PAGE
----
I am making a first person horror game set on a abandoned boat, in the middle of a storm.
and i want the whole level to have the rocking motion one would expect from a boat in a storm.
I would also like to have loose physics objects rolling around on the floor, falling over etc, as the boat rocks.
does anyone know a way to accomplish this ?
googling hasnt given me anything so far :S
The only thing i can come up with is making the entire framework of the level (walls, floor and ceiling) a static mesh and then wobbling it in level blueprint.
but that would mean i can only use dynamic lighting, and would probably also introduce alot of other problems.
Using the timeline/matinee way where you move the entire level around the player, and run normal physics on the objects, wouldn’t that be wierd when it comes to all sorts of volumes, and lights, since it would all have to be linked to the animated level geometry?
can you use static lights at all with this method? what about nav mesh?
What i had in mind is the first person version of what the game “Cold Fear” did for theire interior levels movement.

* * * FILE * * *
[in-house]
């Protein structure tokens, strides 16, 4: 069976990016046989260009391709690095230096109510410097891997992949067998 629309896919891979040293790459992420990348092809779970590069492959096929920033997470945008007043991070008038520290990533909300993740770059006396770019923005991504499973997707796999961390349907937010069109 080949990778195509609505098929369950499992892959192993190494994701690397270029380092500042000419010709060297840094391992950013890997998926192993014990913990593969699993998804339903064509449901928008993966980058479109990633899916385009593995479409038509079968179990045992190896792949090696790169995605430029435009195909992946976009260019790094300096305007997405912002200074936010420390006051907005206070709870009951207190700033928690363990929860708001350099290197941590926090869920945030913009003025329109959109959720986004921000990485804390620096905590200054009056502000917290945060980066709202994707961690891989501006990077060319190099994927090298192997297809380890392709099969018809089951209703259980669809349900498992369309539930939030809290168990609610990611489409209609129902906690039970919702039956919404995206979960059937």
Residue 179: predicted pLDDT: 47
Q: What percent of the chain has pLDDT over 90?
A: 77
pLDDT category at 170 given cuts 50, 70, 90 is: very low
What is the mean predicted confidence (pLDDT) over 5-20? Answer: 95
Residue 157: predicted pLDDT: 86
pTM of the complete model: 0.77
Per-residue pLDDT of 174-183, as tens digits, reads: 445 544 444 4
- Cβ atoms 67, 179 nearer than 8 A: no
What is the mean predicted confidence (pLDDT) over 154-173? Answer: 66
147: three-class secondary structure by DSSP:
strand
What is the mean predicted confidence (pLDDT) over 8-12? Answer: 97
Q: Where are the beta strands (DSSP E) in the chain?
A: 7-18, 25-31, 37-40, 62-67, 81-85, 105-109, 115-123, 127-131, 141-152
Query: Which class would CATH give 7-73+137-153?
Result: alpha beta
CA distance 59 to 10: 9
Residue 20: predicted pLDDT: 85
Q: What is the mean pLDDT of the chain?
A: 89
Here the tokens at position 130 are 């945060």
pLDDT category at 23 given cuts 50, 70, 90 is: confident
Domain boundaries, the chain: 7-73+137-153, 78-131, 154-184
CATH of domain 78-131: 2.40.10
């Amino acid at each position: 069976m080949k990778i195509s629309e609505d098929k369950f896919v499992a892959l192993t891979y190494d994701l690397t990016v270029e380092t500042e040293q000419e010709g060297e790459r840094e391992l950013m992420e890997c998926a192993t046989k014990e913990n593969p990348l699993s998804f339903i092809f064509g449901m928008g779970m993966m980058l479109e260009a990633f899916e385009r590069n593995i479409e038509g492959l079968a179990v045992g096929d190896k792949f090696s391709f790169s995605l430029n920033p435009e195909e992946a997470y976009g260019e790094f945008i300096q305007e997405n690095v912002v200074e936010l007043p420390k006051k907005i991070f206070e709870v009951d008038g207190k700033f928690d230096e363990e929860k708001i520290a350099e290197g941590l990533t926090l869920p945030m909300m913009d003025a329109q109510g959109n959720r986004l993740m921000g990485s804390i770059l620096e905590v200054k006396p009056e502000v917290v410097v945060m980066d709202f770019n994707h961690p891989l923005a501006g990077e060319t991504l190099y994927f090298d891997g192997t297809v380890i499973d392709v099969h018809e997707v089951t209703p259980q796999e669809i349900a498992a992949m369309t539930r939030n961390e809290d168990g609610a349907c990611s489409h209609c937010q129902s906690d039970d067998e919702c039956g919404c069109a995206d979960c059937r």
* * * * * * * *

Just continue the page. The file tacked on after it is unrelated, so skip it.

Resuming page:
I come from a artist backround so not all that into codeing side yet, but in my head this would leave me with only dynamic lights, since all static lights would stay put when my level geometry moves (except the prebaked lighting ofc)
and arent dynamic lights way to expensive to be used as the sole way to light a game?
If you want it to be an actual moving level with updating navmesh, you would need to write your own system I believe (Someone asked about navmesh on spherical levels and got an answer from the staff). If movement isn’t incredibly steep, you could use the built in rebuild at runtime option but I haven’t tested its speed on full scene rebuilds every frame.
My recommendation would be to use a static boat and have the environment move around it. This would allow you to use static lighting.
You could then use physics impulses to simulate the objects falling around and have much more control as how they behave. Then, use a camera animation for all the wobbling and with a clever setup, you could sync impulses, camera animations and the environment animations.
Navmesh would also not be an issue this way.
It’s probably easier to tie the camera, the skybox, the gravity vector, and the sea surface to a single up vector, that you can animate. The rest of the level can be still. If you tilt gravity with the animation, then tilt the camera to be “up” related to gravity, and then tilt the skybox and sky around the center of the level based on the same, things will behave as if the level tilted.
You may want to add animation behaviors to your characters so that they lean with the gravity tilt, too.